When I was a kid, I rode the bus to school. Every morning, my sister and I would head down the hill to the corner of Blossom Hill Drive and Delp Road to wait for Bus 32 to arrive. The bus stop was a little spit of grass, between the fence line and the intersection, marked by a red fire hydrant. Growing up in Amish Country, like I did, most days, with the prevailing winds out of the west, the air was thick with the smell of cow manure wafting from the bucolic farms that still surrounded our rapidly sprawling community. It wasn’t a pleasant smell, as you might guess, but we were used to it, so most days, it wasn’t terrible. There were a few mornings, however, when the winds would shift and begin to blow from the north. Those days were the best days, as the smell of cow manure was replaced by the aroma drifting off the Wilbur Chocolate Factory. It didn’t matter how long we had to wait for the bus on Wilbur Chocolate days, we were glad to stand around and enjoy the scent of chocolate hanging in the air.
I’ve reminisced a lot about the differences between Wilbur Chocolate days and normal bus stop days as I’ve thought about how different Christmas looks and feels in 2020 than in other years, especially as it relates to the Nativity scene and the birth of our Lord. Most years, the manger we imagine is a Wilbur Chocolate, Norman Rockwell scene. We tend to romanticize the story of Jesus’ birth with images of quiet cattle resting and sheep gently nibbling on grass. The air smells of the sweetness of hay. Mary and Joseph, despite the long journey and arduous, first century, birthing process, are well groomed, in neatly pressed attire, ready to receive the shepherds as guests and, if that one Christmas song is to be believed, even willing to put up with a little drummer boy offering the only gift he could muster. Then there is the baby Jesus, no crying he makes, wrapped in swaddling clothes, tender and mild, and lying in the manger, aglow with the radiance of God’s glory.
In 2020, however, I wonder if we’re able to see a more accurate portrayal of the Nativity. A scene more like the one evoked by a tweet I saw earlier this week. “‘Infant so tender and mild’ suggests the existence of a spicy baby.” What if, instead of the sweet smell of hay, our noses were more in tune with Lancaster, Pennsylvania or Toddy County, Kentucky and the scent of animal… by-products? Mary, her hair matted from sweat and her eyes puffy from tears, is doing her best to hold it together, as she takes it all in, wondering what exactly she signed up for when Gabriel appeared before her nine months ago. Meanwhile, Joseph, unsure of exactly how to help, keeps watch from the entrance of the small cave cut into the hill. The baby, well, he might be quiet now, but we all know that won’t last long. Tender and mild, KFC Jesus will be Popeye’s spicy soon enough. The animals are restless, as the shepherds with their own particular aroma and colorful language, tell a story that is too fantastic to be believed. All of this comes before the three wise men bring gifts suitable for embalming and Simeon promises Mary that her son’s life story would ultimately be a sword that pierces her heart. It isn’t exactly the olive woodcut scene we’re used to, but there is a gift in the messiness.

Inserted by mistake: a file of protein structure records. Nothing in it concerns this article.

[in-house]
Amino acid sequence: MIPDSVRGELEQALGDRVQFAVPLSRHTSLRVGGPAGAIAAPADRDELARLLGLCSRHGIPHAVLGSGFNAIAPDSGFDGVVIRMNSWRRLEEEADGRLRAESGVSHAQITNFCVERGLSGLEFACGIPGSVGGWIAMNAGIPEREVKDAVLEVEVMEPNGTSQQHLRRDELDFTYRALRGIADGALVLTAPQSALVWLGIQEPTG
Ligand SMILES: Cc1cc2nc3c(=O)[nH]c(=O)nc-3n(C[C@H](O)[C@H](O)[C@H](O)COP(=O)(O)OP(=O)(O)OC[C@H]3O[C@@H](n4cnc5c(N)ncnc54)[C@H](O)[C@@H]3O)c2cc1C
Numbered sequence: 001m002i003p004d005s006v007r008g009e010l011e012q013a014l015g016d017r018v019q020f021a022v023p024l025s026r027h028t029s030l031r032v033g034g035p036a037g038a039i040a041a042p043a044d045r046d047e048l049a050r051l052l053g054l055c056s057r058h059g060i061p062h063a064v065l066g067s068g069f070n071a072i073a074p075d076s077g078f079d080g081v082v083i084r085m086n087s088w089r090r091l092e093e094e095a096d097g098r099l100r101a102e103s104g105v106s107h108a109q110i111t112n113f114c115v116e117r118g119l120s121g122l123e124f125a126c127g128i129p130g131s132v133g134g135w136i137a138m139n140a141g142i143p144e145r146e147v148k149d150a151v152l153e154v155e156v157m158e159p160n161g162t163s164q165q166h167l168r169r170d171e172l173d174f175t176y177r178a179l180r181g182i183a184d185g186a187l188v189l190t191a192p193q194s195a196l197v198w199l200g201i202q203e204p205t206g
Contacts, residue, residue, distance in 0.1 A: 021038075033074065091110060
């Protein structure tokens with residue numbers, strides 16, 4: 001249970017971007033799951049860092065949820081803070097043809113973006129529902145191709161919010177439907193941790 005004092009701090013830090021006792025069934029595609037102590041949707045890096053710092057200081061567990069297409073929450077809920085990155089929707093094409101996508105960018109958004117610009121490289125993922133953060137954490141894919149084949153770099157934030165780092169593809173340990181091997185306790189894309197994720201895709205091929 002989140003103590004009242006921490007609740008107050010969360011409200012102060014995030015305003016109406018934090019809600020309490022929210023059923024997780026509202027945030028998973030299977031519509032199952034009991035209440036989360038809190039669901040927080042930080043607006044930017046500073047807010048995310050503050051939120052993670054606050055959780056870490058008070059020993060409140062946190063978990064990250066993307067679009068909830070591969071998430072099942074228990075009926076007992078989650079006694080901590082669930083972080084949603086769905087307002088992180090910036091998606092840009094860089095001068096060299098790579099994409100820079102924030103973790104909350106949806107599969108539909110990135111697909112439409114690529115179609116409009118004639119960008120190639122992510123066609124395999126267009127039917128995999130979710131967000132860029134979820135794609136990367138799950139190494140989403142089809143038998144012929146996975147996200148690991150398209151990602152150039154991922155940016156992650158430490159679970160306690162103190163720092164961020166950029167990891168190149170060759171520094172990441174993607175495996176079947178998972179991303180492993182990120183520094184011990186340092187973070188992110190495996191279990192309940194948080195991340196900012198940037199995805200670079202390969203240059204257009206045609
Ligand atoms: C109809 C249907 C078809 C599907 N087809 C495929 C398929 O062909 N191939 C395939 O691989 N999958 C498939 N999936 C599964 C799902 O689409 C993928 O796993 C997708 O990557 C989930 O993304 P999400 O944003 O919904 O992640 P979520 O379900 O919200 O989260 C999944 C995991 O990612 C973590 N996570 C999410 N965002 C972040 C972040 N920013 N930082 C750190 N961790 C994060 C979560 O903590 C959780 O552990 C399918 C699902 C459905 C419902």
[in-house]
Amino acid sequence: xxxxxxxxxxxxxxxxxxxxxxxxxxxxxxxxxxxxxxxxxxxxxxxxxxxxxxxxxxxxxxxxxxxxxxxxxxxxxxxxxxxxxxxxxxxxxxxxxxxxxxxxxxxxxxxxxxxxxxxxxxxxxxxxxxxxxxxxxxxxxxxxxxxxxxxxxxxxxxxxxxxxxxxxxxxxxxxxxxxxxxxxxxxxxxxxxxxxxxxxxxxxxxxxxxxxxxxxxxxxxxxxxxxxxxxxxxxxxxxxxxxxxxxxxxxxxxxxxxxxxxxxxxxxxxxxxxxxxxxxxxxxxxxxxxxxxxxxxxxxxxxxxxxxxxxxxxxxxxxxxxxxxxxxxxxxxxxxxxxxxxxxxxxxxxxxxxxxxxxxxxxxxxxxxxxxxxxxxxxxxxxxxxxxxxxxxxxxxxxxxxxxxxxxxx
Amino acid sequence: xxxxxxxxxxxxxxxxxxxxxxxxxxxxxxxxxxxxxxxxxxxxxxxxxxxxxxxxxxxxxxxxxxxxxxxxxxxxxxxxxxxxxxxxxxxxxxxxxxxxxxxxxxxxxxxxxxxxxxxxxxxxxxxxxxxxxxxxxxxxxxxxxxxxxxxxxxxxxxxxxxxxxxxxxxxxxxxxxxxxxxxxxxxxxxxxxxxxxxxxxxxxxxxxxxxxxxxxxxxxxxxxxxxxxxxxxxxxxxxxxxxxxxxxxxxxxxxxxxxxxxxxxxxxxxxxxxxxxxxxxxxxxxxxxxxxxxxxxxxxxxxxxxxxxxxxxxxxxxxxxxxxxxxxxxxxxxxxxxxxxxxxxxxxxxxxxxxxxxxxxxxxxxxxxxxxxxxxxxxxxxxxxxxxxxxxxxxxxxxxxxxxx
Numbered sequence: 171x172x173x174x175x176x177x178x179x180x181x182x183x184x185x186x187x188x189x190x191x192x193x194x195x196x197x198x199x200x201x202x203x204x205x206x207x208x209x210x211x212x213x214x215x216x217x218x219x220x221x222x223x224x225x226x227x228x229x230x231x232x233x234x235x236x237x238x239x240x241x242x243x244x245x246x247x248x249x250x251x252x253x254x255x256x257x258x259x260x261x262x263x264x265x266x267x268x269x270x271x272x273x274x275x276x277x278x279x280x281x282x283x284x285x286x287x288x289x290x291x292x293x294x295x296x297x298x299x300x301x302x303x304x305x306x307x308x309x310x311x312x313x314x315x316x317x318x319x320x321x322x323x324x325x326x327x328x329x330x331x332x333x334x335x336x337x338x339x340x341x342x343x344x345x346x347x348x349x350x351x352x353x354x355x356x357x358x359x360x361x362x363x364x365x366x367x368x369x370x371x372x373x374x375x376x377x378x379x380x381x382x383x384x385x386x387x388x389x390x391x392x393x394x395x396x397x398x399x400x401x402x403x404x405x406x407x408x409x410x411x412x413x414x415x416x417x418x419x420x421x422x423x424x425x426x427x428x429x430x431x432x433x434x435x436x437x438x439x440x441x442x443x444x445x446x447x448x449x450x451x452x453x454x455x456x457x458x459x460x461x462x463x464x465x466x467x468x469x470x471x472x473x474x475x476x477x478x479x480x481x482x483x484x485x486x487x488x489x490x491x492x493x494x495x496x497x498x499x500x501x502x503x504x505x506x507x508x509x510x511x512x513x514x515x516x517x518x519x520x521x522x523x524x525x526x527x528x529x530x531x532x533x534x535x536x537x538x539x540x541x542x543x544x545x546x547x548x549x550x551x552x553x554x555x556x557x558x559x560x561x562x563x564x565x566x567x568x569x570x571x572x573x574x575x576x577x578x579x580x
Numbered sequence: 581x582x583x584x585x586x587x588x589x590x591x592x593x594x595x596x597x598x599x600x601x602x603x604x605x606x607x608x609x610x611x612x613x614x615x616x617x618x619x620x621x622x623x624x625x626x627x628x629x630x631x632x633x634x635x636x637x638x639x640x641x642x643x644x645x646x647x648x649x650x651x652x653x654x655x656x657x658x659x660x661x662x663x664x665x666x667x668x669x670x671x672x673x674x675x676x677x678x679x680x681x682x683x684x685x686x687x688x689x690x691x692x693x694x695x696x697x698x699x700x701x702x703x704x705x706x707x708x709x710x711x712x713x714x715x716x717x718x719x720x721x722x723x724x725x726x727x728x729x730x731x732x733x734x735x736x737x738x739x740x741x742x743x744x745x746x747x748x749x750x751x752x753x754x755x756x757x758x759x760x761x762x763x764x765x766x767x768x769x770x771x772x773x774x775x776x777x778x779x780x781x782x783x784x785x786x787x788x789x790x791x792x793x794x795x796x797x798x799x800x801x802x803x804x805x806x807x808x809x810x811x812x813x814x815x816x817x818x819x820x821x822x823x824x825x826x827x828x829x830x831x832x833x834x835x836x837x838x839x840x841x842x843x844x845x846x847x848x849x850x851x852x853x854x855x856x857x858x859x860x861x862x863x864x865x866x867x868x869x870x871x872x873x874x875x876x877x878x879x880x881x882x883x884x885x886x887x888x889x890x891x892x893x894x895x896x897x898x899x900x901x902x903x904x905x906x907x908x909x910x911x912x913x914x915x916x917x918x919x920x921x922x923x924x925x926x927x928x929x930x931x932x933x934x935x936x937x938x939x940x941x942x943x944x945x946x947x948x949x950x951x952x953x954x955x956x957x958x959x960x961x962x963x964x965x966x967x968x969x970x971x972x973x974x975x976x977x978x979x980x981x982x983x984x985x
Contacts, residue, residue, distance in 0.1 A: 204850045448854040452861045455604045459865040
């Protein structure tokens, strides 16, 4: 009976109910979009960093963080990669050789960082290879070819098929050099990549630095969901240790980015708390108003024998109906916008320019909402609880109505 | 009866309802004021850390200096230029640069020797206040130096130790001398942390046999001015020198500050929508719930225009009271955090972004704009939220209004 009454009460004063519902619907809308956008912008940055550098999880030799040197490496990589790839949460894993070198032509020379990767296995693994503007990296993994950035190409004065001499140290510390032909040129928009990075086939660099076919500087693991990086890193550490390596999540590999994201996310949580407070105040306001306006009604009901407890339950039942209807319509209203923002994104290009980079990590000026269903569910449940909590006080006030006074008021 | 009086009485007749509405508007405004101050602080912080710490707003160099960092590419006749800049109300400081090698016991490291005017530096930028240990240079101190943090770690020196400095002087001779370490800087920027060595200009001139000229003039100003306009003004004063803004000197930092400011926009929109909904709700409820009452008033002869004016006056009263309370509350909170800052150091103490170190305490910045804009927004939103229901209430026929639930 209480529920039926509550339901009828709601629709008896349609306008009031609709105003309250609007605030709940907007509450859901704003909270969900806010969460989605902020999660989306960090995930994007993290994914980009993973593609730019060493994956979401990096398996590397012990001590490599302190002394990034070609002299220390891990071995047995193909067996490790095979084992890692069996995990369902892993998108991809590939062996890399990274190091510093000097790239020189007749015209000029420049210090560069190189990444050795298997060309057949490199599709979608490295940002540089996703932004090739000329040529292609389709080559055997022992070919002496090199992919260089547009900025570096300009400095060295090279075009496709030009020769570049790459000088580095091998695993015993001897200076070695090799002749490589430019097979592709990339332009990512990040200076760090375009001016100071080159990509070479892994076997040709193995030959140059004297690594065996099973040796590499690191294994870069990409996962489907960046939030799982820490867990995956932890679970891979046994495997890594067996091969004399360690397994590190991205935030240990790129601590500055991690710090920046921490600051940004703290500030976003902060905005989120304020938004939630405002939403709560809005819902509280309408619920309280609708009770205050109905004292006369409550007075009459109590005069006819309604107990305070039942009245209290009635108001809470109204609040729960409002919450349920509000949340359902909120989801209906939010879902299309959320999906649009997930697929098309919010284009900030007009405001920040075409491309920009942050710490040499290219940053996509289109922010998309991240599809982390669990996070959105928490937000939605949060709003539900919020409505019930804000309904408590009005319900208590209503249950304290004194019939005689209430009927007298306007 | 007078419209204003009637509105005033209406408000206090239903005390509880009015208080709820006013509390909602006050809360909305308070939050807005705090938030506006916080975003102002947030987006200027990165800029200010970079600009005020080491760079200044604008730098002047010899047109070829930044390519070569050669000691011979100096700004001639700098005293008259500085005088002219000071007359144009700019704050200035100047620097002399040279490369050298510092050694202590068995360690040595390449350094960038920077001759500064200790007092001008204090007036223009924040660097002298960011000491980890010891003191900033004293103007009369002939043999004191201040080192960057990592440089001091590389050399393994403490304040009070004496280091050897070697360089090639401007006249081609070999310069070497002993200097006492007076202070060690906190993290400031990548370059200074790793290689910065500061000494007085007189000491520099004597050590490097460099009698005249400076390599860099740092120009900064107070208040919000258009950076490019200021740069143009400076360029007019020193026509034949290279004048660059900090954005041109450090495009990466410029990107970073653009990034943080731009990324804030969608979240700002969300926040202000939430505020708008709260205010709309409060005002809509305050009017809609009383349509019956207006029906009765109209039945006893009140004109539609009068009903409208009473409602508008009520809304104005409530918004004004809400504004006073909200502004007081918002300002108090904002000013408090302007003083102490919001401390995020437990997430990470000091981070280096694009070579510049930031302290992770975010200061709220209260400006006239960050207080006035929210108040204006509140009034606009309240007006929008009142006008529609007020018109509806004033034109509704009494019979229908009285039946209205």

Here’s what I love about Christmas. Whether the experience is cow manure or Wilbur chocolate, the truth is that God is there. The hardship of 2020 might have removed some of the misty romance from our Christmas celebrations, but the good news about the birth of Jesus is that God enters the darkness to bring light; God enters the messiness to bring restoration; God enters a fearful and violent world to bring hope and peace. Christmas doesn’t have to be a Hallmark movie set, ripped from the pages of Pinterest, smelling like a Yankee candle to be perfect. Instead, maybe the perfect Christmas is the messiness of opening presents over Facetime, while eating cookies that were shared via a no-contact-porch-drop, in a house that smells like dog because you haven’t vacuumed the couch in longer than you’d like to admit. It’s perfect not because it has all the right trappings, but because God has come to earth in the person of Jesus Christ.
Luke’s Gospel is clear that the first Christmas was far from perfect. Whether it was the Emperor moving people around like puppets on a string or that the only room available for Mary to give birth to Jesus was a musty feed barn, the circumstances into which the Son of God was born aren’t what anyone would have imagined. Yet still, the angels appear to the shepherds living in the fields, and proclaim good news of great joy for all the world. “For unto you is born this day in the city of David a Saviour, which is Christ the Lord.” No matter the messiness of it all, the Christ, the Messiah, the Anointed One has been born for us, and the once dark world is now bright with the light of Christ.
We will probably remember 2020 as a year filled with cow manure, but today, the winds have shifted and the sweet aroma of hope is upon us. In the birth of Jesus, a light has shined on all who live in deep darkness. Through Christ, we are able to see past the hardships of today as we work to build the Kingdom of Heaven on Earth. Through Christ, we are able to hope for and work toward a more compassionate world. Through Christ, we are able to hope for and work toward a more peaceful society. The winds of change are upon us this morning. God is here. May your Christmas be a Wilbur Chocolate day in a year of Amish Farms, for unto you is born this day, in the City of David, a savior, who is Christ the Lord. Merry Christmas. Amen.